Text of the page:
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What do we do?

heldaz

New member
Jun 15, 2021
3
0
My brother and I are at breaking point an desperately need advice. My mum has recently been diagnosed as having mixed dementia and is severely sight impaired but has no insight into her conditions and says she can do everything the same as always , my father has been diagnosed as having critical cardiac failure and kidney failure and has been put on palliative care with a hospice. This has all happened within the space of 10 weeks and it has been 10 weeks of hell. My brother and I have been proactive and have got social services to help them with care packages and some adaptations but mum and dad keep telling everyone they don't need any help and their son and daughter will do it and even turning people away. Dad is in hospital and mum doesn't like being on her own at night but doesn't realise that she get up 8-10 times a night then gets up at 5am and calls us liars if we say she did. Either we, my aunty or family friend (both retired and in late 70's) have to stay with her but none of us gets any sleep when its our turn. My brother and I have very busy jobs and cannot work without sleep and my brother is getting into trouble for taking so much time off to arrange stuff for them or because he is so tired. We are both mentally and physically at breaking point. Everything with my parents seems to be a no or a negative response, with their favourite answer being we'll see when we recommend something to them like a night sitter. They have money and could pay for extra care but are refusing - should we walk away to force their hand to accept more help and not keep thinking my brother and I will do everything 24/7 for them?
 

CardiffGirlInEssex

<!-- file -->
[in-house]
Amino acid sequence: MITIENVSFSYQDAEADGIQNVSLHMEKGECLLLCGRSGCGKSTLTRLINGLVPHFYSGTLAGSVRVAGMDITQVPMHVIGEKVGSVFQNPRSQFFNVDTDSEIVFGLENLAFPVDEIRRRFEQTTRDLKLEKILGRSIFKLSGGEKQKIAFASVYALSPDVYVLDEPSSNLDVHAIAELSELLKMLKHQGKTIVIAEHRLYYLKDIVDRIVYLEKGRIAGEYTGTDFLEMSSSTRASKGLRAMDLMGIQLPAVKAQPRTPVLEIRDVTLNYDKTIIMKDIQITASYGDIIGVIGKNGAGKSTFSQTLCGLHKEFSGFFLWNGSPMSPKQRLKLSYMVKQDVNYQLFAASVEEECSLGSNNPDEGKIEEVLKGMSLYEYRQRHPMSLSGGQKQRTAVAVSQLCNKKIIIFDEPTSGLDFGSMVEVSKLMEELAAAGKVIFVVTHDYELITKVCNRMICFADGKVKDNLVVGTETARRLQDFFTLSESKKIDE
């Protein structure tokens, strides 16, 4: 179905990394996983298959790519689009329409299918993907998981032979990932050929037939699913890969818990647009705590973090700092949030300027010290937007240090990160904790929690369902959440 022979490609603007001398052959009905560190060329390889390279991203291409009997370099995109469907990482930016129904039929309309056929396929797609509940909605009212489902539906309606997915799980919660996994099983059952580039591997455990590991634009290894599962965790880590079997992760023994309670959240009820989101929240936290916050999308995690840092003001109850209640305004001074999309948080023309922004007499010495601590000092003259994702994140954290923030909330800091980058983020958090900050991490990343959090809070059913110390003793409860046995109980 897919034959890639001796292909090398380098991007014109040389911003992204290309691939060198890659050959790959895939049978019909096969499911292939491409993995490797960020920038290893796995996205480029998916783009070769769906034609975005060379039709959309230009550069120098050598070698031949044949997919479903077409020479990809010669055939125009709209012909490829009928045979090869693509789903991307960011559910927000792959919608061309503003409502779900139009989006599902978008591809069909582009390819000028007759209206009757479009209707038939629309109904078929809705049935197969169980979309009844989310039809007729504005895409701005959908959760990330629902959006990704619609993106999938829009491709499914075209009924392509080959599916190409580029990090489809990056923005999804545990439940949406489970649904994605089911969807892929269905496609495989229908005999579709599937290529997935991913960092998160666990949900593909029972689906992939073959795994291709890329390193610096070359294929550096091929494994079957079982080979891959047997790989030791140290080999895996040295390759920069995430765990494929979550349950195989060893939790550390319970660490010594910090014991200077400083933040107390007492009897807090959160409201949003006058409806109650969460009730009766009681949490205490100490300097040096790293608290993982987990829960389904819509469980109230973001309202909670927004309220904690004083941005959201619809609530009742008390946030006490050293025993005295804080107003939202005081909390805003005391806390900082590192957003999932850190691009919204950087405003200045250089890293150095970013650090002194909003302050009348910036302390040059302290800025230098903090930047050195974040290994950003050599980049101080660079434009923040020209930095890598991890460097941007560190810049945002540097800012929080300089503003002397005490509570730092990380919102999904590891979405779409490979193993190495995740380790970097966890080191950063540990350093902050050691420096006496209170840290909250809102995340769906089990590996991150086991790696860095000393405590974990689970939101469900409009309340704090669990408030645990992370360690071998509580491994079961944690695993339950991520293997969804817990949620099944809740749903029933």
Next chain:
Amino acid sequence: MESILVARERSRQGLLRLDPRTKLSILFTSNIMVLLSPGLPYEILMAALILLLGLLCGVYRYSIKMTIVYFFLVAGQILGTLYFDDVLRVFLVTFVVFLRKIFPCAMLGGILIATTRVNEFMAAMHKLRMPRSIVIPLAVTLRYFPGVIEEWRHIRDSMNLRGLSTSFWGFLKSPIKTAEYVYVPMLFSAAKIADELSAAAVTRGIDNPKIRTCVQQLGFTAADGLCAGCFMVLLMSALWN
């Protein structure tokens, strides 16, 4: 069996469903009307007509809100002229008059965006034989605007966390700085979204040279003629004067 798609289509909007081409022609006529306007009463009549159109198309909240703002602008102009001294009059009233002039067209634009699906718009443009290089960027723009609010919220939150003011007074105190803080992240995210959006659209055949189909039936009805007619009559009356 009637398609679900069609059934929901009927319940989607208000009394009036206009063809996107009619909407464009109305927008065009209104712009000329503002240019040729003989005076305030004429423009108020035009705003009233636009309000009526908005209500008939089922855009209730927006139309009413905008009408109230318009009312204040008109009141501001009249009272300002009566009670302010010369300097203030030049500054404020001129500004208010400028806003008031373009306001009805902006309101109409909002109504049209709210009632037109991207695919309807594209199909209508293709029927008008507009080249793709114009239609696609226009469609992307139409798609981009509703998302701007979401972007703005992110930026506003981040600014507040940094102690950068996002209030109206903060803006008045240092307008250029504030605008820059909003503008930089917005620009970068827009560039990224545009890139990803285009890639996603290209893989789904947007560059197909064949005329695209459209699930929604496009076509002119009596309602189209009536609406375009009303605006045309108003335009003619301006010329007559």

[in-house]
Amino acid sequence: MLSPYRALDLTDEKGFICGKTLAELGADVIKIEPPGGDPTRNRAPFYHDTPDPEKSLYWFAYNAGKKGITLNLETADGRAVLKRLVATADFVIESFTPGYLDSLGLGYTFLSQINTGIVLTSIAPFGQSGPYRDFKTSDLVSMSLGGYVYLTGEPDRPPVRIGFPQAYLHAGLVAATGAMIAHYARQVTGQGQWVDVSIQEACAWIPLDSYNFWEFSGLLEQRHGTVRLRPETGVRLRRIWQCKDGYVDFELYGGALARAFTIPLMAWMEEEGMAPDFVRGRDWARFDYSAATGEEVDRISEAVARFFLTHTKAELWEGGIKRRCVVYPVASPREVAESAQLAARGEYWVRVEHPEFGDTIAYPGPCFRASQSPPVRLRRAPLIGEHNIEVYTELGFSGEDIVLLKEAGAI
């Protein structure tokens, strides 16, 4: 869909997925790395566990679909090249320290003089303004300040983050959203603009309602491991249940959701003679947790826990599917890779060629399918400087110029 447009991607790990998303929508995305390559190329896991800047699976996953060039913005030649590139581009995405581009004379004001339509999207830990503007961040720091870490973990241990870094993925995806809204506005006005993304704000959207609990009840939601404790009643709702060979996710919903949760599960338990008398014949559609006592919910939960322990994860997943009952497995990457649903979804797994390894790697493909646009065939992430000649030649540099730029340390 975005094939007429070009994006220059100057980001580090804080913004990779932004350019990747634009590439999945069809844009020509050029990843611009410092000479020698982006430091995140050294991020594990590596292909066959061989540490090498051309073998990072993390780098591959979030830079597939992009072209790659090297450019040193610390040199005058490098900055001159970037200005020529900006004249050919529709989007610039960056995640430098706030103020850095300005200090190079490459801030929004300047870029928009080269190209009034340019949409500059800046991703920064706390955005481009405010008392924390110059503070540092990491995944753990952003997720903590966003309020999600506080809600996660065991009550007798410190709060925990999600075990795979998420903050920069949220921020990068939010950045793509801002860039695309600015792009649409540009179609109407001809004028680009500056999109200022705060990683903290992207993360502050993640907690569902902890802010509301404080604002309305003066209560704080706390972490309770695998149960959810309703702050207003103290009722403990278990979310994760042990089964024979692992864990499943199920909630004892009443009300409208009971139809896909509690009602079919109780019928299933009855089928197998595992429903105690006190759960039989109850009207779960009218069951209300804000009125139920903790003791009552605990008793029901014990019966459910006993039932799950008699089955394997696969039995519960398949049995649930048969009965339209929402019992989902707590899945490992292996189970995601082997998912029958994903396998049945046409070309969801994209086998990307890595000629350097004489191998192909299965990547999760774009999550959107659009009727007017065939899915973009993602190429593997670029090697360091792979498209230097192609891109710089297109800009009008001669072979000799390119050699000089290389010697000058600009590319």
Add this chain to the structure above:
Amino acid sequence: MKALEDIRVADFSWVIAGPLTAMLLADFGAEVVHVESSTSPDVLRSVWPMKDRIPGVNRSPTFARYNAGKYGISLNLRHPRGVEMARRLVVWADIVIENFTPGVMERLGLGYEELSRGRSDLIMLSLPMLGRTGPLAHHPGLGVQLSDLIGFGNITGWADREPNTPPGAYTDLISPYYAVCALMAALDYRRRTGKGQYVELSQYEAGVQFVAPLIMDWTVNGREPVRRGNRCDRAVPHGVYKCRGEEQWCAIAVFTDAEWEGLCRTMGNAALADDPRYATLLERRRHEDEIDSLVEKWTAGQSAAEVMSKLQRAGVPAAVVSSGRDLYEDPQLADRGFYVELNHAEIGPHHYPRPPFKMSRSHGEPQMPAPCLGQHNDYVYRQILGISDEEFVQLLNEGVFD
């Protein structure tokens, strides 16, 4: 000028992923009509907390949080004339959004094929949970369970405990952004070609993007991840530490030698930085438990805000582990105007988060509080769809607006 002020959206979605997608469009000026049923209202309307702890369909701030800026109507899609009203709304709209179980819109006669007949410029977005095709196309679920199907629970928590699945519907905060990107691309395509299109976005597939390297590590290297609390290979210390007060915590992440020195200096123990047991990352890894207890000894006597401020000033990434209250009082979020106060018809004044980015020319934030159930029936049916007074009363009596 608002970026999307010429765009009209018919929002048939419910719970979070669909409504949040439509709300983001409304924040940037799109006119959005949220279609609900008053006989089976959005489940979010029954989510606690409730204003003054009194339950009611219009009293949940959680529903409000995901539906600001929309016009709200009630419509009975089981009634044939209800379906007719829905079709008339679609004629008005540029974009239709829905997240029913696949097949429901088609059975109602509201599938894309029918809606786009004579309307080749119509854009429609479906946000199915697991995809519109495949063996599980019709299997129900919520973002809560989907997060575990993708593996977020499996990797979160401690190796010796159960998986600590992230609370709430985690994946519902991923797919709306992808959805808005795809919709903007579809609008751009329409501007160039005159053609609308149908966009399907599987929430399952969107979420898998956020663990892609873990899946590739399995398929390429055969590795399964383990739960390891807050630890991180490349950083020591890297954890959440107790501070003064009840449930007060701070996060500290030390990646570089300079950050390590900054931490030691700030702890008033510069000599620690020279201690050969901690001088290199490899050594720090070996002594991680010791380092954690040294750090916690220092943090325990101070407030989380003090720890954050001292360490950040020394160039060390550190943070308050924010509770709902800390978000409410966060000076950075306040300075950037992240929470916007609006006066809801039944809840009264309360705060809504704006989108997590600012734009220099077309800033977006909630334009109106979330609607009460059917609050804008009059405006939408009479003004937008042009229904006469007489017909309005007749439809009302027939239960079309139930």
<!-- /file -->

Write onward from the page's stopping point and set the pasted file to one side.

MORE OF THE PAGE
Registered User
Oct 6, 2018
304
0
Unfortunately this refusal to accept reality is common, especially for people with dementia. Your circumstances are exceptionally difficult and you've been amazing to keep things together for so long but it sounds like you and your brother are at burn out point. Sad as it is, I suspect the only way to get the essential support is for family to step back, having notified social services that's what you're doing and reminding them that they have the duty of care to ensure both these vulnerable people are safe.

While your dad is in hospital he is safe. Your mum needs a proper needs assessment and I would think a capacity assessment too. Do you have a diary or similar of the night time waking episodes and other examples where you're giving her care that she will deny she needs? Put it all in writing and send it to her GP and the social worker, and also make it clear that whatever your parents say you and your brother cannot continue to provide care. You will be pressurised by social services to carry on so be prepared and stand your ground. This is a really difficult situation and I really feel for you.
 

karaokePete

Registered User
Jul 23, 2017
6,198
0
N Ireland
Hello @heldaz, you are welcome here and will get support from the forum members.

Many people with dementia will react like your parents and it is sometimes said that one has to wait for a crisis to get something resolved.

I would second what has already been said as both your parents and Social Services are unlikely to do much differently while you stay involved. Stepping back may be tough, but it may be tough 'love'.
 

heldaz

New member
Jun 15, 2021
3